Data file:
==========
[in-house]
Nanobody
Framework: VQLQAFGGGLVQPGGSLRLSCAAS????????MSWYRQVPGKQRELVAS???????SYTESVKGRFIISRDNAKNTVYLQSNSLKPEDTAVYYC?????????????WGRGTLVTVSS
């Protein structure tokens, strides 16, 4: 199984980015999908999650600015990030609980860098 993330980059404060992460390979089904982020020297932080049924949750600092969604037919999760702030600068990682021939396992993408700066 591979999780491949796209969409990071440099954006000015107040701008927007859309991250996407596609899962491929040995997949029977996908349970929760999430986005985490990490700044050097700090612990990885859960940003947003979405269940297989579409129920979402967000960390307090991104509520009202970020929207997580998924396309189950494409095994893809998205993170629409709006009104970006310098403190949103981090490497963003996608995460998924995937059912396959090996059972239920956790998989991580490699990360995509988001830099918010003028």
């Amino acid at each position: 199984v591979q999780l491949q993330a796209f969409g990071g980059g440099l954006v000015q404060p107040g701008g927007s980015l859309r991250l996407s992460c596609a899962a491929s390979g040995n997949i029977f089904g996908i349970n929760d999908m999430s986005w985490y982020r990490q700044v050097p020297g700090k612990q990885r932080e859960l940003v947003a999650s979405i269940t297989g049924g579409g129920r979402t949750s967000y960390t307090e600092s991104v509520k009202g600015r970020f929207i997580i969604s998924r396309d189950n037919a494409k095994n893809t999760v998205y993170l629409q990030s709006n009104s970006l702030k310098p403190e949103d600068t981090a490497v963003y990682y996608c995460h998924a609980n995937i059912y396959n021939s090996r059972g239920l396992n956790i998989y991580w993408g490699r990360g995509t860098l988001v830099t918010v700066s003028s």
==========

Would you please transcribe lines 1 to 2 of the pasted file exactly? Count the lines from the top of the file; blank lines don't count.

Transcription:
[in-house]
Nanobody